4 Frequently Asked Questions About Legal Guardianship

When your family is in transition, it is important to understand any and all of the options available to you, to ensure that your loved ones are taken care of. There are many legal possibilities that lie outside of the usual routes of marriage, divorce, adoption, and the like. One of these things is legal guardianship, but most people are not sure what this entails. It is actually more common than you may realize, and is one of the best tools to keep families intact and keep children in healthy homes.

Here are a few of the most commonly asked questions about legal guardianship:

Q: How is guardianship different from adoption?

A: Guardianship establishes a relationship between a child and an adult who is not their parent, but it does not remove or alter the parent's rights and responsibilities. This is important for biological parents who want to keep their legal relationship intact, for medical, financial, or estate-related reasons.

Q: How long does a guardianship last?

A: Depending on your local laws, most guardianships are considered terminated at the earliest of any of these events: the child's death, the child reaching legal age (typically 18), the child's assets are depleted, or a judge rules that the guardianship is no longer necessary.

Q: How do I know if I need to apply for guardianship?

A: In most cases, if you have a child or children living with you that are not yours, for a period of time longer than a month or two, you may want to consider applying. If the child's biological parents are alive, you may be required to get their written permission to do so. If you wish to care for a child that is not related to you, it's typically advisable to talk to a qualified attorney in Santa Monica. Without a guardianship, you will have trouble doing routine things like obtaining the child's medical care, school registration, or setting up financial benefits for him or her.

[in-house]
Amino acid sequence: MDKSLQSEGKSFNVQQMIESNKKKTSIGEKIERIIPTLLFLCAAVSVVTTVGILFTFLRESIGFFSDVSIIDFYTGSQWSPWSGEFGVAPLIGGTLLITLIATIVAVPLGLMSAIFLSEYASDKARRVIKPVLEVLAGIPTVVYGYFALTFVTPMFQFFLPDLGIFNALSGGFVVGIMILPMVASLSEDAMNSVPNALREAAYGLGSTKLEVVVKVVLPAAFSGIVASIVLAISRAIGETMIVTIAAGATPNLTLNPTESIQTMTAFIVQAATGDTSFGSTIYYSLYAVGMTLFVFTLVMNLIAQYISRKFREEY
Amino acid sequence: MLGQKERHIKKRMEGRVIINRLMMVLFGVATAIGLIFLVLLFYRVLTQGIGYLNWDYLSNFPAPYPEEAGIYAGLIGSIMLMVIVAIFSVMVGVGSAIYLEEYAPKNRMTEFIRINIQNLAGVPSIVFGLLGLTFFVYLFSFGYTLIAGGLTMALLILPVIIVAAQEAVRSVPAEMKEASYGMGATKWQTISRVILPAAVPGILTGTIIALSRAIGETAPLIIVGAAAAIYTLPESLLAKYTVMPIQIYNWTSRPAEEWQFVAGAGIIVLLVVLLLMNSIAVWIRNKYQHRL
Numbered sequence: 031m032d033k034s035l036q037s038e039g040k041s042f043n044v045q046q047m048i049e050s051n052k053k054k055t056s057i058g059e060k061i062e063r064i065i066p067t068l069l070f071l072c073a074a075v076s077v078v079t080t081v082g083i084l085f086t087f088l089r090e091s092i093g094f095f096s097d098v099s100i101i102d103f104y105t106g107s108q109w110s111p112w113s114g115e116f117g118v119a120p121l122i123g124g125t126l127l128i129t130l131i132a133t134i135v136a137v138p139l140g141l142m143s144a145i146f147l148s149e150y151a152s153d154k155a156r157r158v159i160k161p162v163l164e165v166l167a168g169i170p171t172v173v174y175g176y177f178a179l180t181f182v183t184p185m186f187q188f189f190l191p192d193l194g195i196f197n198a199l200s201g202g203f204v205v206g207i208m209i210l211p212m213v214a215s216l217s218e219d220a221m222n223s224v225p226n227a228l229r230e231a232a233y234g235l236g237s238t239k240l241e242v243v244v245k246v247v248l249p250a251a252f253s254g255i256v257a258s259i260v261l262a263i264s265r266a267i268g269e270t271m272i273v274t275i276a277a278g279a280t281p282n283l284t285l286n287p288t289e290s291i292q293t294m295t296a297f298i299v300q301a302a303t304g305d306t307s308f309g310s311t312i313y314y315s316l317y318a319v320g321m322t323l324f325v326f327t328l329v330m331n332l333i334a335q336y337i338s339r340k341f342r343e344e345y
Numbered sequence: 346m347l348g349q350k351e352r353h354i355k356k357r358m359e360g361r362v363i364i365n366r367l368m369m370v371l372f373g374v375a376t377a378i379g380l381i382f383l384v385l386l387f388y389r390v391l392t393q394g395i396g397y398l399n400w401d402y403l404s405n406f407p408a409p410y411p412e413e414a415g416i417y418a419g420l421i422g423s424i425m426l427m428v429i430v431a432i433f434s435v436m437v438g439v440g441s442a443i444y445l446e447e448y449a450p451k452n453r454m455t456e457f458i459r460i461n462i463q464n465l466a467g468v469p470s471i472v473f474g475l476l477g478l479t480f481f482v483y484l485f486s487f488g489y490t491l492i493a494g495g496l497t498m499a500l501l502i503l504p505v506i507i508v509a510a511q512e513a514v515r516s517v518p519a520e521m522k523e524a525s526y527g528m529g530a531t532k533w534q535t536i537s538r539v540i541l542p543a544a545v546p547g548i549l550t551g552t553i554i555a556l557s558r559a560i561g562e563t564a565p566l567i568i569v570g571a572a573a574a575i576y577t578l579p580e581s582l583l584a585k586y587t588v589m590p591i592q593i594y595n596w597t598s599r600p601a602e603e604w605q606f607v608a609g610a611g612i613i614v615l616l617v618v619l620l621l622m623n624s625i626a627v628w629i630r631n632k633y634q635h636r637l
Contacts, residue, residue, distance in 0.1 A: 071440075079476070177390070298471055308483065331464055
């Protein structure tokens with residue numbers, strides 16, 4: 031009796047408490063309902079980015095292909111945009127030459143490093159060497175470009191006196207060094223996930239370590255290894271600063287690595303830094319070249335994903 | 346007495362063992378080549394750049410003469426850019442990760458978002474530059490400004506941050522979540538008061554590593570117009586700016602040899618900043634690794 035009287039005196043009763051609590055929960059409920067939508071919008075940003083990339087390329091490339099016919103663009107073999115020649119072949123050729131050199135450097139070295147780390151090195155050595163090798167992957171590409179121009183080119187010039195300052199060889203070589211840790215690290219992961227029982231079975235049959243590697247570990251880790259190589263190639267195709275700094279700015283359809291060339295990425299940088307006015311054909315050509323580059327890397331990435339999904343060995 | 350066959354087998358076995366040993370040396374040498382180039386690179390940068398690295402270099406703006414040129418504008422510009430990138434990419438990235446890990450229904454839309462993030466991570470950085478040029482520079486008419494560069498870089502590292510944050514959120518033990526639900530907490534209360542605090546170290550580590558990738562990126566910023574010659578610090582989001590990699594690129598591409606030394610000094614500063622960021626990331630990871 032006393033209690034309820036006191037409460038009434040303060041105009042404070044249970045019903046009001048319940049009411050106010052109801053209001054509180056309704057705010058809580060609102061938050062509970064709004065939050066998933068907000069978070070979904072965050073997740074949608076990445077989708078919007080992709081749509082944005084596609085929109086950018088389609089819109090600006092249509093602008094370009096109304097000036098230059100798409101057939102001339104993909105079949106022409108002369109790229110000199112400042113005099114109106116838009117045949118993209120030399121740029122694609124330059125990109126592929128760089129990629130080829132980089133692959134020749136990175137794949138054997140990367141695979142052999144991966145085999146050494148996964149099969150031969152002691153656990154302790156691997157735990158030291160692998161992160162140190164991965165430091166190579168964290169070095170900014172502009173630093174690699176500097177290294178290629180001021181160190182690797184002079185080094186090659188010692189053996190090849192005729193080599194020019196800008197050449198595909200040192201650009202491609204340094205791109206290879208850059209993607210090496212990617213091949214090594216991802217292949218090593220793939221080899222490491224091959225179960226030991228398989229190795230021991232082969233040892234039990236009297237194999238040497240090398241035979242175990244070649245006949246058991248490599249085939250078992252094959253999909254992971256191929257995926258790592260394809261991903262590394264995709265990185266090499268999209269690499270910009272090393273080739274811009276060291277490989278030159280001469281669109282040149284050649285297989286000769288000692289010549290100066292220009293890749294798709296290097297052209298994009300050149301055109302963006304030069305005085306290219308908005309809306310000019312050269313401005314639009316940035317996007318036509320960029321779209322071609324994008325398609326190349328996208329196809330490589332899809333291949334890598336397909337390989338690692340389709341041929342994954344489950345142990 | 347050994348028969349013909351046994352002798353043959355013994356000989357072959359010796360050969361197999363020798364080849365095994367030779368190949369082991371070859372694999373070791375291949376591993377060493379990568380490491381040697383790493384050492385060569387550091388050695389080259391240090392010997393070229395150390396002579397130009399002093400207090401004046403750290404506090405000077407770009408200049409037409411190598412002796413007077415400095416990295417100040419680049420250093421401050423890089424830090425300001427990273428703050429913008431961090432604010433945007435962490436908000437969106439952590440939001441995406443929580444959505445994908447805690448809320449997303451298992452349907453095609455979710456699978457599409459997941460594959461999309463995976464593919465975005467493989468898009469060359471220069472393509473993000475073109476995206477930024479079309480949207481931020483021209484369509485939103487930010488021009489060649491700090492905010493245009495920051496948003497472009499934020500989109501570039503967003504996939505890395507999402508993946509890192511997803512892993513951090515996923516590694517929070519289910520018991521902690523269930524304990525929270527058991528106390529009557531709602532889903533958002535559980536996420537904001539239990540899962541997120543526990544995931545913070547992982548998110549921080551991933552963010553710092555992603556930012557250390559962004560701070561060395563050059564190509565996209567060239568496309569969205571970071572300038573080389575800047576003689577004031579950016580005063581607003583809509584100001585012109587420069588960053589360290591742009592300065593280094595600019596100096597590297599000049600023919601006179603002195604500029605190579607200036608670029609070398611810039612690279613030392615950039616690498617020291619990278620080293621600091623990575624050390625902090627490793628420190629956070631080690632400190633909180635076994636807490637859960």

Q: Do parents ever need to establish legal guardianship?

A: Surprisingly, yes, in rare circumstances. Even biological parents may need to file a guardianship request, especially when relating to their minor child's finances. For example, if a minor child was directly given a large sum of money (e.g. from a neighbor, friend, teacher, or family member), the parents may need guardianship in order to manage those funds until the child reaches 18 years of age.

Legal guardianship can be confusing, so if you have any questions about how the process works, or how it might benefit your situation, get in touch with the law office of Trabolsi & Levy, LLP today!

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